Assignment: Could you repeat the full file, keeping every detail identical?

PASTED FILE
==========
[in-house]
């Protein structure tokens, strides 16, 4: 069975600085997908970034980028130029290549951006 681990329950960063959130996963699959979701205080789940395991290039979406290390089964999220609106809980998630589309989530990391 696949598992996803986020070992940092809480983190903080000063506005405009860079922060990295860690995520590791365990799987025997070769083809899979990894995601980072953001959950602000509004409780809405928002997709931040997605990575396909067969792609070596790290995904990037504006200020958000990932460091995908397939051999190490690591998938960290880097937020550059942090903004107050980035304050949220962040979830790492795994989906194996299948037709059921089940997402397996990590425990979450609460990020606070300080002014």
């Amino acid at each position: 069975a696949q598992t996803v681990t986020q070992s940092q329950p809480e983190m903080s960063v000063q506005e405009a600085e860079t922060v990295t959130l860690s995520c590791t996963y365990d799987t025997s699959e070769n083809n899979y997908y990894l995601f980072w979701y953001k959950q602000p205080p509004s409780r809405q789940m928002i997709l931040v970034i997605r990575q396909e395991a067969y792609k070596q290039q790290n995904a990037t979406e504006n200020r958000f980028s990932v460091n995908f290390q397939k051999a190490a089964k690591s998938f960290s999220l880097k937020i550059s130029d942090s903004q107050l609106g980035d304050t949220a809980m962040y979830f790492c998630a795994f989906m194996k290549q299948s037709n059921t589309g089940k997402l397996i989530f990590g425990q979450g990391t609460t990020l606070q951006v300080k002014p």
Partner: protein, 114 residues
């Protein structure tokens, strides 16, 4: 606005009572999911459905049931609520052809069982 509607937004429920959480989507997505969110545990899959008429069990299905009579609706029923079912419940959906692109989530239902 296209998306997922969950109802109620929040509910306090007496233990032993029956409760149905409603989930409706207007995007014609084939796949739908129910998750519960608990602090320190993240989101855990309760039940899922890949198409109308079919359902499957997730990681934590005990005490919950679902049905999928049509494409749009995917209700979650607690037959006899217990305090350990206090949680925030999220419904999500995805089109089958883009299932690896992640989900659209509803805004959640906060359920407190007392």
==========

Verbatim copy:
[in-house]
């Protein structure tokens, strides 16, 4: 069975600085997908970034980028130029290549951006 681990329950960063959130996963699959979701205080789940395991290039979406290390089964999220609106809980998630589309989530990391 696949598992996803986020070992940092809480983190903080000063506005405009860079922060990295860690995520590791365990799987025997070769083809899979990894995601980072953001959950602000509004409780809405928002997709931040997605990575396909067969792609070596790290995904990037504006200020958000990932460091995908397939051999190490690591998938960290880097937020550059942090903004107050980035304050949220962040979830790492795994989906194996299948037709059921089940997402397996990590425990979450609460990020606070300080002014």
């Amino acid at each position: 069975a696949q598992t996803v681990t986020q070992s940092q329950p809480e983190m903080s960063v000063q506005e405009a600085e860079t922060v990295t959130l860690s995520c590791t996963y365990d799987t025997s699959e070769n083809n899979y997908y990894l995601f980072w979701y953001k959950q602000p205080p509004s409780r809405q789940m928002i997709l931040v970034i997605r990575q396909e395991a067969y792609k070596q290039q790290n995904a990037t979406e504006n200020r958000f980028s990932v460091n995908f290390q397939k051999a190490a089964k690591s998938f960290s999220l880097k937020i550059s130029d942090s903004q107050l609106g980035d304050t949220a809980m962040y979830f790492c998630a795994f989906m194996k290549q299948s037709n059921t589309g089940k997402l397996i989530f990590g425990q979450g990391t609460t990020l606070q951006v300080k002014p």
Partner: protein, 114 residues
């Protein structure tokens, strides 16, 4: 606005009572999911459905049931609520052809069982 509607937004429920959480989507997505969110545990899959008429069990299905009579609706029923079912419940959906692109989530239902 296209998306997922969950109802109620929040509910306090007496233990032993029956409760149905409603989930409706207007995007014609084939796949739908129910998750519960608990602090320190993240989101855990309760039940899922890949198409109308079919359902499957997730990681934590005990005490919950679902049905999928049509494409749009995917209700979650607690037959006899217990305090350990206090949680925030999220419904999500995805089109089958883009299932690896992640989900659209509803805004959640906060359920407190007392």